You look at it, look at the four things. One, He is everlasting. He's everlasting. Literally from eternity past to eternity future, He's always existed. There's never been a time where God was not. And our minds can barely comprehend eternity future. Okay, it lasts forever. We really can't comprehend, wait, He was always here. He was always here to the point that He's outside of time and space and the whole continuum. Now, part of that is comforting because we can know since He's everlasting, there's no circumstance He's ever experienced that He's going to go, oh man, I haven't seen that before. He's always been here. He's seen all things. It's even more than that though. His very being is outside of our understanding and our experience. And if you start there, you go, I cannot define Him then based on my experience. He's an everlasting God. He follows that then with He is the Creator. All things were made by Him. Everything that we see, everything that we experience, everything in our universe, it was all created by Him. Colossians tells us it's all held together by Him. It continues to function every day. The things that we take for granted because He created the universe with such precision and because we study it and we learn how it works, sometimes we forget it works because He works, because He does it.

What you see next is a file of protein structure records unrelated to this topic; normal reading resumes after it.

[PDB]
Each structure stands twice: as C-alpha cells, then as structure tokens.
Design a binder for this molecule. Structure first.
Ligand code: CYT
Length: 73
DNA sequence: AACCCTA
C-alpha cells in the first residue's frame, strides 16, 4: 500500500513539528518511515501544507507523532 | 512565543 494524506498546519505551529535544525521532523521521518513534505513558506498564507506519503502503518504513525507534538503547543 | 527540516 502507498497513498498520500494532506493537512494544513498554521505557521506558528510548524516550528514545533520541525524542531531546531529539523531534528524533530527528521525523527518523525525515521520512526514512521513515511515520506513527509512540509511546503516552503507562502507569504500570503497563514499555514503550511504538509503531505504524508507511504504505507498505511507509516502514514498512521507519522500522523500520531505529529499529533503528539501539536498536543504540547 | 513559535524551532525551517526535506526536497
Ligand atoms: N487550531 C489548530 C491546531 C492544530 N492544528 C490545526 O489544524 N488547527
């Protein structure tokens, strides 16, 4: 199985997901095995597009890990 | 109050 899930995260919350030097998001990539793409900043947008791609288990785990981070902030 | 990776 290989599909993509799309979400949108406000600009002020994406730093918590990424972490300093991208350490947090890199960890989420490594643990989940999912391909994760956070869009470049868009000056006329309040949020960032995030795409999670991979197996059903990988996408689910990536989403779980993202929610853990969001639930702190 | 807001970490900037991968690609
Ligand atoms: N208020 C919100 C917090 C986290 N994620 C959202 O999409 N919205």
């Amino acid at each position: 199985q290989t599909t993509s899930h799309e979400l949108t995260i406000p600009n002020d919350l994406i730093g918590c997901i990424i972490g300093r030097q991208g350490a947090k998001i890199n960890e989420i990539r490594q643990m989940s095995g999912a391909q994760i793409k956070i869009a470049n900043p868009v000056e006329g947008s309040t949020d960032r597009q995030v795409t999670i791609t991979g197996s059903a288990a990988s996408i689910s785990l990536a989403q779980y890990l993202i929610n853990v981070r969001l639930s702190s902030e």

Tim Lundy (13:52):
Things that every day we don't even think about. You think about our planet that is here right now that spins on its axis. And even in this moment to us, it feels very still, but it's spinning at about 24,000 miles an hour on its axis. That's the only way you make it all the way around so that we're at the same spot tomorrow, the way we have the 24 hour day that's so consistent. At the same time that's happening, the planet itself is traveling around the sun at around 67,000 miles per hour. Isn't that's amazing? It's hurdling at that speed, stays at it. So at the very least, take caution in this, maybe on a day when you were a couch potato all day and someone tells you you've done nothing today, you can tell them, actually I traveled 1.6 million miles today.

Tim Lundy (14:51):